Dementia Vs. Alzheimer’s
It seems that I keep hearing of more and more seniors who are diagnosed with Dementia or Alzheimer’s every year. Recently a close friend of my mind called me and shared the news that her grandmother was recently diagnosed with beginning stages of Alzheimer’s. She went on to say “the doctor said my grandma has Alzheimer’s, but is Dementia the same thing as Alzheimer’s?”.
Symptoms of Dementia
Good question a lot of people use the term Dementia and Alzheimer’s interchangeably. All though both can have similar characteristics they are categorized differently. First, Dementia is not a disease but a syndrome. Someone who has the syndrome will appear to have problems with mental cognition in the areas of memory and reasoning. Those who are affected by Dementia display episodes of forgetfulness, trouble keeping track of time, and lose direction in familiar settings. As symptoms become more advanced an individual will have difficulty with recalling names and faces; personal hygiene, and poor decision-making. It is not uncommon for some individuals to experience depression or aggression as symptoms continue to advance. The World Health organization reported that 47.5 million people live with dementia.
Where Did Dementia Come From?
Visible signs of Dementia will usually appear as we get older and when specific brain cells become damaged. Most of the time it is not easy to pinpoint the root cause of where the dementia began to occur in a single person. Various forms of dementia can be related to Alzheimer’s, Parkinson’s, and Huntington’s disease. The other causes include HIV, vascular disease, stroke, depression, and chronic drug use. The direct cause of how the dementia initially began will harm specific set of cells in the brain. Back in August a female women with Down Syndrome had retired from a McDonald’s in Massachusetts that she worked at for 32 years, due to early onset of dementia symptoms.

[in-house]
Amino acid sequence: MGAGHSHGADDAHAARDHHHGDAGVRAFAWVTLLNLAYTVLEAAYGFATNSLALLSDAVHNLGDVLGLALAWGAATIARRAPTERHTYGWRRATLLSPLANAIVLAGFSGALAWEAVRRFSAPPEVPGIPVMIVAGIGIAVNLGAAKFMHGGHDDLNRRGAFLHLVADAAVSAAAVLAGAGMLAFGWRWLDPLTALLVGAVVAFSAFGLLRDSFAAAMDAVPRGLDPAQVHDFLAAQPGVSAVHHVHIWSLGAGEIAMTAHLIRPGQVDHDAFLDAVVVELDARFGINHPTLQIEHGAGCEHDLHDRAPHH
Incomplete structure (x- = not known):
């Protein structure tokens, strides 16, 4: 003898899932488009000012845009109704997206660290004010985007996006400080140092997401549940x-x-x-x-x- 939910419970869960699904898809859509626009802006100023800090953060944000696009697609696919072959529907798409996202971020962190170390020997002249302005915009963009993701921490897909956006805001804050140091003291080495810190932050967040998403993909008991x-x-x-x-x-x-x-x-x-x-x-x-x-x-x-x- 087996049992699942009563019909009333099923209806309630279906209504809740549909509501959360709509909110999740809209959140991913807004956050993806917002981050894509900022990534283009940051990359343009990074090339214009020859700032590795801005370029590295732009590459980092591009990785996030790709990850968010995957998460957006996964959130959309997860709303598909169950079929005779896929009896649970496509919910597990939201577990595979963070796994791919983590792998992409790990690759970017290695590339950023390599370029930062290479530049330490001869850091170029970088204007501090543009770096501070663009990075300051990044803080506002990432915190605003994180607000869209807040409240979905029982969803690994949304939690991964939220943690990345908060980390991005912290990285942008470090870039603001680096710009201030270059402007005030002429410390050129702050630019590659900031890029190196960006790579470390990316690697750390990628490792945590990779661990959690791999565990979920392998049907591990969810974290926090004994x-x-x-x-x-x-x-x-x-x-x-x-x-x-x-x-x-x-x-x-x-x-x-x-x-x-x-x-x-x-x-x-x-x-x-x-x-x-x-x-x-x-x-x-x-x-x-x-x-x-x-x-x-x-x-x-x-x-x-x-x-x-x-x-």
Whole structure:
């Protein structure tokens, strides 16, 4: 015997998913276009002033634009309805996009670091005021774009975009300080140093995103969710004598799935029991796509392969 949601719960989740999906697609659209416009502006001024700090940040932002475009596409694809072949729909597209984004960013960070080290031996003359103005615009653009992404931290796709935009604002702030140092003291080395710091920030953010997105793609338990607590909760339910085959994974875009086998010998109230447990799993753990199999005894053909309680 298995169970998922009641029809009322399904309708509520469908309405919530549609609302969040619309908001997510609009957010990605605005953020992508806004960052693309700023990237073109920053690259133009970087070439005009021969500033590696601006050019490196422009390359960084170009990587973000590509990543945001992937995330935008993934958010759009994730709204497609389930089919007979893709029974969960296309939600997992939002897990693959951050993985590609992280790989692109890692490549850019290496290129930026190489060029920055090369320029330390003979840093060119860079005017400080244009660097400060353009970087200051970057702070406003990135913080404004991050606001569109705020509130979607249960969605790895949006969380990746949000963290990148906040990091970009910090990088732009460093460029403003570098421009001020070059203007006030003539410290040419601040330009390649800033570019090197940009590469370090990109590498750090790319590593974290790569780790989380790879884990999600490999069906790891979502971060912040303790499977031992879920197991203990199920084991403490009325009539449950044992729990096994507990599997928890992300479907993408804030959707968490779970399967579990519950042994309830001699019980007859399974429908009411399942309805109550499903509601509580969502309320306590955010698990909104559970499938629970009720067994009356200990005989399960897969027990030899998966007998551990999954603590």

While dementia is classified as a symptom that greatly impacts memory, Alzheimer’s is a disease that will progressively cause impairment to areas of the brain that are responsible for memory and cognitive functioning. About 50 to 70 percent of dementia cases are related to Alzheimer’s disease. Signs of Alzheimer’s will usually appear after the age of 60. The average life span for the disease can be 4 to 8 years after diagnosis. Life expectancy for those in their 80’s diagnosed with Alzheimer’s can be as short as 3 years, others can live with the disease for 20 years.
According to the National Institutes of Health, there are more than 5 million people in the United States living with Alzheimer’s disease.
Damage That Alzheimer’s Does To The Brain
In nearly all cases a physician is able to diagnose whether a person has Alzheimer’s or not. The only accurate way to find out if an individual had Alzheimer’s is to do an autopsy once the person dies. Damage to the brain occurs years before the signs of Alzheimer’s appears. An irregular protein deposit forms plaques and tangles itself in the brain. Eventually, links between cells are lost and begin to die off. In progressive cases the brain begins to shrink.
Treatment For Dementia and Alzheimer’s
There is no cure for Alzheimer’s or the symptoms of Dementia. However, there are medications available prescribed by physicians that will help manage behaviors or symptoms.
If you or someone you know suspect any signs of Alzheimer’s or Dementia talk to your doctor right away to get proper treatment.